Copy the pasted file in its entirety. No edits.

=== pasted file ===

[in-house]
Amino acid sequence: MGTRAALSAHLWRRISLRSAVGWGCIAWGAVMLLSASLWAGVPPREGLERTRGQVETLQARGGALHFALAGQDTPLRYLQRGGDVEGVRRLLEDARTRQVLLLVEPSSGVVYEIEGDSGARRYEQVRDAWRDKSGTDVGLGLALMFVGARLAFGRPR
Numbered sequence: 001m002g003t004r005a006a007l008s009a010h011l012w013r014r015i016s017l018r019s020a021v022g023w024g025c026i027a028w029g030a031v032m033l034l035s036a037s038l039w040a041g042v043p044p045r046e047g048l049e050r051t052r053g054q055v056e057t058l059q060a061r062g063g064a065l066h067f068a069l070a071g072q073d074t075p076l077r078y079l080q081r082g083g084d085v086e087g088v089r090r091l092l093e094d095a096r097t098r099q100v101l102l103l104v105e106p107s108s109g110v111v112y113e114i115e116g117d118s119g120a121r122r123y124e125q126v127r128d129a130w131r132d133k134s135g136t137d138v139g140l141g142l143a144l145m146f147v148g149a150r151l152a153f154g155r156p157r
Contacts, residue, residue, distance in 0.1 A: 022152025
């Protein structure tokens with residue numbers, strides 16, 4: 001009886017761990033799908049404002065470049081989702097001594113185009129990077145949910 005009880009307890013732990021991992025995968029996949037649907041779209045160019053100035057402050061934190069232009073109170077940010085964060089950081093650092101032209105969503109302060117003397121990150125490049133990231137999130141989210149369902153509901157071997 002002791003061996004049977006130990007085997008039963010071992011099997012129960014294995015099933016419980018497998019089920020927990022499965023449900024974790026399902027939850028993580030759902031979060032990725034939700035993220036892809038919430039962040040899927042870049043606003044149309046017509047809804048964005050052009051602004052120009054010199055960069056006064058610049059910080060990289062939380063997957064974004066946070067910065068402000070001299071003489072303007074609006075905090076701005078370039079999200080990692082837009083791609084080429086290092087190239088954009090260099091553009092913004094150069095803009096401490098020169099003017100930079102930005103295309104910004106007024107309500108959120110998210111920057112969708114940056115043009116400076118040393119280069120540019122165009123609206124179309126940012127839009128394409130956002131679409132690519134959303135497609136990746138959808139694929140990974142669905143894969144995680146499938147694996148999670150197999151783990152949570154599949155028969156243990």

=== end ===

[in-house]
Amino acid sequence: MGTRAALSAHLWRRISLRSAVGWGCIAWGAVMLLSASLWAGVPPREGLERTRGQVETLQARGGALHFALAGQDTPLRYLQRGGDVEGVRRLLEDARTRQVLLLVEPSSGVVYEIEGDSGARRYEQVRDAWRDKSGTDVGLGLALMFVGARLAFGRPR
Numbered sequence: 001m002g003t004r005a006a007l008s009a010h011l012w013r014r015i016s017l018r019s020a021v022g023w024g025c026i027a028w029g030a031v032m033l034l035s036a037s038l039w040a041g042v043p044p045r046e047g048l049e050r051t052r053g054q055v056e057t058l059q060a061r062g063g064a065l066h067f068a069l070a071g072q073d074t075p076l077r078y079l080q081r082g083g084d085v086e087g088v089r090r091l092l093e094d095a096r097t098r099q100v101l102l103l104v105e106p107s108s109g110v111v112y113e114i115e116g117d118s119g120a121r122r123y124e125q126v127r128d129a130w131r132d133k134s135g136t137d138v139g140l141g142l143a144l145m146f147v148g149a150r151l152a153f154g155r156p157r
Contacts, residue, residue, distance in 0.1 A: 022152025
């Protein structure tokens with residue numbers, strides 16, 4: 001009886017761990033799908049404002065470049081989702097001594113185009129990077145949910 005009880009307890013732990021991992025995968029996949037649907041779209045160019053100035057402050061934190069232009073109170077940010085964060089950081093650092101032209105969503109302060117003397121990150125490049133990231137999130141989210149369902153509901157071997 002002791003061996004049977006130990007085997008039963010071992011099997012129960014294995015099933016419980018497998019089920020927990022499965023449900024974790026399902027939850028993580030759902031979060032990725034939700035993220036892809038919430039962040040899927042870049043606003044149309046017509047809804048964005050052009051602004052120009054010199055960069056006064058610049059910080060990289062939380063997957064974004066946070067910065068402000070001299071003489072303007074609006075905090076701005078370039079999200080990692082837009083791609084080429086290092087190239088954009090260099091553009092913004094150069095803009096401490098020169099003017100930079102930005103295309104910004106007024107309500108959120110998210111920057112969708114940056115043009116400076118040393119280069120540019122165009123609206124179309126940012127839009128394409130956002131679409132690519134959303135497609136990746138959808139694929140990974142669905143894969144995680146499938147694996148999670150197999151783990152949570154599949155028969156243990």